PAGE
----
IDRA Classnotes Podcast Episodes about Early Childhood and Bilingual Education
Bilingual education and English as a second language programs have been in place in U.S. schools for several decades, but for some there is still a bit of a mystery about their purpose. And while the Civil Rights Act and the U.S. Supreme Court decision in the Lau vs. Nichols case require schools to appropriately serve English language learners, educators and parents are sometimes unclear about their role and the rights of students. IDRA education associate, Kristin Grayson, Ph.D., talks about why we need bilingual education and English as a second language programs, what these programs do and how parents can work with educators to make sure their children learn English while also learning their other subjects.
The demographic profile of students have always been in a state of change. But today, that change is much quicker and more dramatic. Schools must be equipped to adapt to be able to serve their student population while it is changing. This means equipping school leadership at all levels, from central office staff to principals, from administrators to classroom teachers. And where the population change includes English language learners with varied first languages, leaders need a special skill set. Kristin Grayson, M.Ed., an IDRA education associate, describes technical assistance in leadership development that she has been providing to two school districts in Oklahoma, one of which has more than 60 languages represented. She points out, “English language learners are becoming the mainstream learner,” and educators need the background knowledge to ensure ELLs are successful.
Children’s literature can capture children’s hearts, making their encounters with reading fun and instructive. In addition to building literacy, teachers can use children’s literature to inspire both critical thought and creative thought in their students. Dr. Juanita García, an education associate at IDRA, describes how she uses children’s literature to encourage students to read deeply, analyze, question and make associations with the stories.
Many schools across the country are facing the task of educating English language learners for the first time. For others this is not a new task, but one that needs dramatic improvement given the significant gaps in achievement between ELLs and non-ELLs. Decades of research and experience have demonstrated that the most effective way to teach English to children who speak another language is through an adequate bilingual program. Yet there is still confusion about what the term “bilingual education” means and what makes a program good. IDRA senior education associate, Adela Solís Ph.D., provides an overview of bilingual education and dual language programs and discusses what we need to be doing in the future to effectively serve English language learners.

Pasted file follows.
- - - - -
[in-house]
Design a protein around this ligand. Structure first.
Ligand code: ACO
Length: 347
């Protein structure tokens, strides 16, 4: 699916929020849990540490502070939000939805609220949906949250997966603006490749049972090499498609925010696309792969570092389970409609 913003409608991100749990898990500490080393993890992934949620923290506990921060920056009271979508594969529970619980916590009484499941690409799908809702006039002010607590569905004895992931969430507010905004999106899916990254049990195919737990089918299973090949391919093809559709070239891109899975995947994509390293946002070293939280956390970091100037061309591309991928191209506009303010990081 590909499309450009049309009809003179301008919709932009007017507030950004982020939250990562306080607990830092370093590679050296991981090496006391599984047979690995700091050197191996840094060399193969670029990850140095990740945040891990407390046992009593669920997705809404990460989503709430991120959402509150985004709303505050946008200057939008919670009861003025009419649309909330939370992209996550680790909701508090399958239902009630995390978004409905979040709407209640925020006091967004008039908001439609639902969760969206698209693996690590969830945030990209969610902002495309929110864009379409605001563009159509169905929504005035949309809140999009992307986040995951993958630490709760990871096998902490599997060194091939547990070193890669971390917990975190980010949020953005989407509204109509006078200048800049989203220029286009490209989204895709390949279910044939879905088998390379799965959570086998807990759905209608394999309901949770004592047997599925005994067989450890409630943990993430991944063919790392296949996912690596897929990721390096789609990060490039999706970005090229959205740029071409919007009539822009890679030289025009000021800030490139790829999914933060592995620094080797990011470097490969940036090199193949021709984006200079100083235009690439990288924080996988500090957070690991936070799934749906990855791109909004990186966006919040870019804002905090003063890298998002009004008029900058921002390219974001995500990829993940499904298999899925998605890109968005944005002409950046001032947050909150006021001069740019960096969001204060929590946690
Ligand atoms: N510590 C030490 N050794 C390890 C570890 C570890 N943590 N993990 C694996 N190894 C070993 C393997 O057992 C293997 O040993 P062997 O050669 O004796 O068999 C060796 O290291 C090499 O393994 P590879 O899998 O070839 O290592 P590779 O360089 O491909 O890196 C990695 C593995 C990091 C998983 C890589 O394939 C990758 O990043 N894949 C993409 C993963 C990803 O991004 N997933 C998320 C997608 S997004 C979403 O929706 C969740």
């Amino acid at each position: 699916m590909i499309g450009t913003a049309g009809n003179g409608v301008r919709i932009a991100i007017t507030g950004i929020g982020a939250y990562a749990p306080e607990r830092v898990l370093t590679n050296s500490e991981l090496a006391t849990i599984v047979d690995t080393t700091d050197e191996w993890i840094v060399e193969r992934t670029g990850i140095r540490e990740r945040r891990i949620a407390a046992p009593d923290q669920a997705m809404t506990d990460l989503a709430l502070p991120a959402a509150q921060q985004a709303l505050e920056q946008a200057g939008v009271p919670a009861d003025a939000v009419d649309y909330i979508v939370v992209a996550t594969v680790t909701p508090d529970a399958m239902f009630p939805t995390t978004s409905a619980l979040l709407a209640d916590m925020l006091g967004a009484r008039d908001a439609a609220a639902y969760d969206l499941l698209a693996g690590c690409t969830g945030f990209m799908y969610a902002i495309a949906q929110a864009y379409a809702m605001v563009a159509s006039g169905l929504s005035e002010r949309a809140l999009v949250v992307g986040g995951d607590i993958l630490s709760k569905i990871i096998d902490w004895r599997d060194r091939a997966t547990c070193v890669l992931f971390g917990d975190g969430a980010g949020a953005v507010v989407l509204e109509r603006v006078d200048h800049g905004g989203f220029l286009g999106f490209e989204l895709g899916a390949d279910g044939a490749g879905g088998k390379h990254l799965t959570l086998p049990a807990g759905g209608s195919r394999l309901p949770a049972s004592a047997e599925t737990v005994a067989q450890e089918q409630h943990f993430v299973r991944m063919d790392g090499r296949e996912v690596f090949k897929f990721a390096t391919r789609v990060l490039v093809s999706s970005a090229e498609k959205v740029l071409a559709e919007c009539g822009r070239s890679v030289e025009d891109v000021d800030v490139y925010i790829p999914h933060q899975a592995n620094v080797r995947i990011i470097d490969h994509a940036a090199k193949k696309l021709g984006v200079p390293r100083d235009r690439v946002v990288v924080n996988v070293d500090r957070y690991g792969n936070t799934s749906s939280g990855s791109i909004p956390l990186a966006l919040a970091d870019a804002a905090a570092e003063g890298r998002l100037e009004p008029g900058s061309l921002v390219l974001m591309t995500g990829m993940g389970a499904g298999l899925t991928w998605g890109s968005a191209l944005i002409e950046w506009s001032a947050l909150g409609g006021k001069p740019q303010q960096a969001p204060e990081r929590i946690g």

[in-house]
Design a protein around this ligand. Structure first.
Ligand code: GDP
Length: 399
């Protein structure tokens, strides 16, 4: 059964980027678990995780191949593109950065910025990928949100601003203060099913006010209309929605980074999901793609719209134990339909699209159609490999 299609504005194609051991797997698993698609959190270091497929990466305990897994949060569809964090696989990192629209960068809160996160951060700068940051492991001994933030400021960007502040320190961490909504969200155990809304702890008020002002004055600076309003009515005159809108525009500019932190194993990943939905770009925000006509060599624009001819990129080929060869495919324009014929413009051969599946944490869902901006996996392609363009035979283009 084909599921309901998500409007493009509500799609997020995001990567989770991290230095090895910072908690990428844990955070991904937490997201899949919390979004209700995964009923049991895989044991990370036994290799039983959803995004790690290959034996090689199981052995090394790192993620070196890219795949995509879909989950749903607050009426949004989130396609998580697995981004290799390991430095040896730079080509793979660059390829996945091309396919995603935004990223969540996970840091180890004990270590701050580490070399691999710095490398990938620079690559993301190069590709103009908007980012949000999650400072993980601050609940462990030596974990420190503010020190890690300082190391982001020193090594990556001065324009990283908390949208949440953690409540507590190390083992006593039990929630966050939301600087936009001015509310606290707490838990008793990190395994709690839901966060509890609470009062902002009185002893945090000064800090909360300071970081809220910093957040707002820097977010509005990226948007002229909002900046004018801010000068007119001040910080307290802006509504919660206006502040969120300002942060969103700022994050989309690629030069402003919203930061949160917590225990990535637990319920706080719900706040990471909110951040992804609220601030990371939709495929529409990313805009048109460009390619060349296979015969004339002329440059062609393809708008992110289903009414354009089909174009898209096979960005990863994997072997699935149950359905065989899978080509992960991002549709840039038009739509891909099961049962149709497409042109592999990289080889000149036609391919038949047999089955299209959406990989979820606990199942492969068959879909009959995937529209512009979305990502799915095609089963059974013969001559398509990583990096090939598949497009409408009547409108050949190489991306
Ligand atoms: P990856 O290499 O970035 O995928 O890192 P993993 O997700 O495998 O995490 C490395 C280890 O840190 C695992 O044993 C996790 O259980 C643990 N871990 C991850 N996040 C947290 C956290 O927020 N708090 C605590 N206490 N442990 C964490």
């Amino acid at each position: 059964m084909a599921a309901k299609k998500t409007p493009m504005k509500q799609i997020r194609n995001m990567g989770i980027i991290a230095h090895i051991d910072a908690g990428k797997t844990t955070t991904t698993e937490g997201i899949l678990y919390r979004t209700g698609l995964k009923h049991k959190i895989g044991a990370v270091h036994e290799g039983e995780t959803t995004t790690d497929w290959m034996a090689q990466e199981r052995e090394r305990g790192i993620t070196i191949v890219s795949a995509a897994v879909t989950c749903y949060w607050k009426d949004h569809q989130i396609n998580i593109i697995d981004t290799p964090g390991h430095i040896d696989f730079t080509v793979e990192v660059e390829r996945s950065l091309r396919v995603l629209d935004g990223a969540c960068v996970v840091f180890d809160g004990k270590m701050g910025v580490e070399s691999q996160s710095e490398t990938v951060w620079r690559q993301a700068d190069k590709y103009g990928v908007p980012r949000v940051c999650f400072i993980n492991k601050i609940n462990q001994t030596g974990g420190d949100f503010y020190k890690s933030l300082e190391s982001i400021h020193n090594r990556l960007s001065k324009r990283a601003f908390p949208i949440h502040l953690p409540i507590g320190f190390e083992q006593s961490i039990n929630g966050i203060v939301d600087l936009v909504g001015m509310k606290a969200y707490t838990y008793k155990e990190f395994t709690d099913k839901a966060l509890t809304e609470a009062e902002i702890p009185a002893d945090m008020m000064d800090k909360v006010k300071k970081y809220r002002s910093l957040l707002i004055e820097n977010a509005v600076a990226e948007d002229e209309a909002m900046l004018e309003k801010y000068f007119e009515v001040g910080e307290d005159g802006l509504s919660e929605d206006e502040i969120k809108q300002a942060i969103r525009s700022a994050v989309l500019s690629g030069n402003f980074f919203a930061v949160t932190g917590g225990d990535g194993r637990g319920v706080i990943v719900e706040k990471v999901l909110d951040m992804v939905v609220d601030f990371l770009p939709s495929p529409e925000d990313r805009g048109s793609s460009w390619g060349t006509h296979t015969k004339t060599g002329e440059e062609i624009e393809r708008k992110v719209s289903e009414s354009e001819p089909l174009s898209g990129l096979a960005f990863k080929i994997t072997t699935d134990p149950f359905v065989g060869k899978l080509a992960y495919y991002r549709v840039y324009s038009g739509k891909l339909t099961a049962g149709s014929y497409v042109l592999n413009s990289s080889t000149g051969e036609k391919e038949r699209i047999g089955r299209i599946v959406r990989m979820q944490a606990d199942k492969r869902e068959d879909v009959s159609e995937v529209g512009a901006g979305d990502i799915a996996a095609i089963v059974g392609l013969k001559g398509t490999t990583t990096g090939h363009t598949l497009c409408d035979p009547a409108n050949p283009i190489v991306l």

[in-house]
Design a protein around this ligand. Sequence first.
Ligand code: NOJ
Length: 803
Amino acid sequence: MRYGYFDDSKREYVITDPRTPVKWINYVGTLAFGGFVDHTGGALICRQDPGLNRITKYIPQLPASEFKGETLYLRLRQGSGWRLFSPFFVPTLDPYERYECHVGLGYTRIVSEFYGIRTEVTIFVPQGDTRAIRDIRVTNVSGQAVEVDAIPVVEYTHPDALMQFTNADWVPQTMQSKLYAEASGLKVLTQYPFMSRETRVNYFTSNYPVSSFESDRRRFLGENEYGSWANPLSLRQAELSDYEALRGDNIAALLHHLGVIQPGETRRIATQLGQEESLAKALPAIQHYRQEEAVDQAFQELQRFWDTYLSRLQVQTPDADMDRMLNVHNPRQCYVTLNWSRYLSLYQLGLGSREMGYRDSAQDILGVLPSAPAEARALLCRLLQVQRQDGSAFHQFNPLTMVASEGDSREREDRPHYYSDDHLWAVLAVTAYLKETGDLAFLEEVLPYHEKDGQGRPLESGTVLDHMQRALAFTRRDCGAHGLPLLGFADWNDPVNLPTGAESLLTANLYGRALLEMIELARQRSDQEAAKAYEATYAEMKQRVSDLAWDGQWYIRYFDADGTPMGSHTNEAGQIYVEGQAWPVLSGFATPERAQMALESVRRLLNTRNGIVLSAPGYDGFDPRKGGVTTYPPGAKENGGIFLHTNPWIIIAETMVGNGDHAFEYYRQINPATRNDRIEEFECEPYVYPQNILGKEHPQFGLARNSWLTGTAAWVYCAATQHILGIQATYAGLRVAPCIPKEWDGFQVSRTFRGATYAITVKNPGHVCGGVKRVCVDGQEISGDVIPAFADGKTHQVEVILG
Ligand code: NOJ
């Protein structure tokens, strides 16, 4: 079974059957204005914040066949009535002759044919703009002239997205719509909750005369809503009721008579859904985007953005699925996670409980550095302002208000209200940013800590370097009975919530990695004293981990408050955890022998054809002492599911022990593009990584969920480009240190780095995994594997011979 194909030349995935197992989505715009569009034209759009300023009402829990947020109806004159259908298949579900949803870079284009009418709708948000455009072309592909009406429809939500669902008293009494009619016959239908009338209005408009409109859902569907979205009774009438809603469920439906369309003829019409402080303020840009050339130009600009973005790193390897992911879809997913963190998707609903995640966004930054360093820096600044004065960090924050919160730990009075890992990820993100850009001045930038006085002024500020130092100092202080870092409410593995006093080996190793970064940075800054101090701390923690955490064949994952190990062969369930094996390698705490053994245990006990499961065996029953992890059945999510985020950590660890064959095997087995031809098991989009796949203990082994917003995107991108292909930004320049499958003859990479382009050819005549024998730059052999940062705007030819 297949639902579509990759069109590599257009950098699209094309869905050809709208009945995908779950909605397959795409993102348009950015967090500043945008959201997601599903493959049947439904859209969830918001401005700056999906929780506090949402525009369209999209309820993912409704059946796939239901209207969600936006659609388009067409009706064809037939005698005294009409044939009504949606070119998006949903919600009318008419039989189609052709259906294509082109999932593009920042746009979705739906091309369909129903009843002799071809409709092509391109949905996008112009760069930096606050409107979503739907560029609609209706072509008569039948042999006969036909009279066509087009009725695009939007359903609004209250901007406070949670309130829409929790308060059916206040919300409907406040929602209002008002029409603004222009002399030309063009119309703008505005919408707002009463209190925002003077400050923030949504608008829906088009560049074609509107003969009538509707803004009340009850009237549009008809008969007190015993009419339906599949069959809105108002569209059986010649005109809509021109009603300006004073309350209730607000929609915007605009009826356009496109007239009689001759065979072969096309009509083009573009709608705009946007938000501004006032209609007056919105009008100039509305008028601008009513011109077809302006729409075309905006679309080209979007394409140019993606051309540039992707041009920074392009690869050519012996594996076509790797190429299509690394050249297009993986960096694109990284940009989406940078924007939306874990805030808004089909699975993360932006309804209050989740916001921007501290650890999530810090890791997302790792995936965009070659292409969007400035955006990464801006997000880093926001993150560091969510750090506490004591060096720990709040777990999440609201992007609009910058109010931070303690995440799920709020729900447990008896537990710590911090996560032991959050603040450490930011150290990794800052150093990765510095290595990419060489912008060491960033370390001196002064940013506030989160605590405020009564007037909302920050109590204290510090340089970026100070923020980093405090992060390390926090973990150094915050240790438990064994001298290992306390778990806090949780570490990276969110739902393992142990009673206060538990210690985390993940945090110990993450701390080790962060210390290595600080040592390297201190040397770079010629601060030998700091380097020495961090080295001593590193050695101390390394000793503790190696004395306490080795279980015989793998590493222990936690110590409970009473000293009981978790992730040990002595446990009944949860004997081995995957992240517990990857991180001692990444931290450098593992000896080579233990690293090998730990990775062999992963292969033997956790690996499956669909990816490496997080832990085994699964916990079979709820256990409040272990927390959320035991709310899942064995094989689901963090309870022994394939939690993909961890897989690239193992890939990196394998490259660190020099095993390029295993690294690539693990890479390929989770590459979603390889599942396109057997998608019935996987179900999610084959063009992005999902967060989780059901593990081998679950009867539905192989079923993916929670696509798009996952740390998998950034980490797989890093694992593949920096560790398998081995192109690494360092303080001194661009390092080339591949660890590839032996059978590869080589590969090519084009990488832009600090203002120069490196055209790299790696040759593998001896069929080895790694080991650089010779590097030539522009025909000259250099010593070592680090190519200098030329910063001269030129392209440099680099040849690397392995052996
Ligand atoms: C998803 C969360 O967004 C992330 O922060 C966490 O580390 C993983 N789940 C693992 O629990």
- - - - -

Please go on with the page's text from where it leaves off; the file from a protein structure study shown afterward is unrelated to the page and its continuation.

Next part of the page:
Teachers have been teaching children to read throughout history. But 10 years ago, the National Reading Panel outlined the essential components of reading instruction: alphabet knowledge, phonological awareness, oral language and vocabulary development, and print awareness. José L. Rodríguez, M.A., an early childhood expert at IDRA, describes these components and how they relate to young English language learners.
Research shows that bilingual education, when well implemented, is the most effective way to teach English to speakers of other languages while also teaching core subjects like math, reading and social studies. Josie Danini Cortez, M.A., an IDRA senior education associate, outlines an IDRA study of 10 bilingual education programs across the country with high academic success of their students. Researching these programs, IDRA identified the common characteristics and criteria that are contributing to the success of students served by bilingual education programs. This research study, funded by the U.S. Department of Education, and the corresponding publication, Good Schools and Classrooms for Children Learning English, highlight some of the practices in schools that enable students to grow academically and socially in their native language as well as English.
A Classroom of Excellence is a place where all young children thrive and are ready for school. IDRA has developed this model for creating early childhood classrooms of excellence and has been implementing it in several centers in San Antonio. Research is showing dramatic results among participating children. José L. Rodríguez, M.A., an IDRA education associate, and Josie Cortez, M.A., an IDRA senior education associate, share highlights of the model and transformations that have occurred in classrooms for children, teachers and families.
Hear other Classnotes Podcasts on these and other related topics.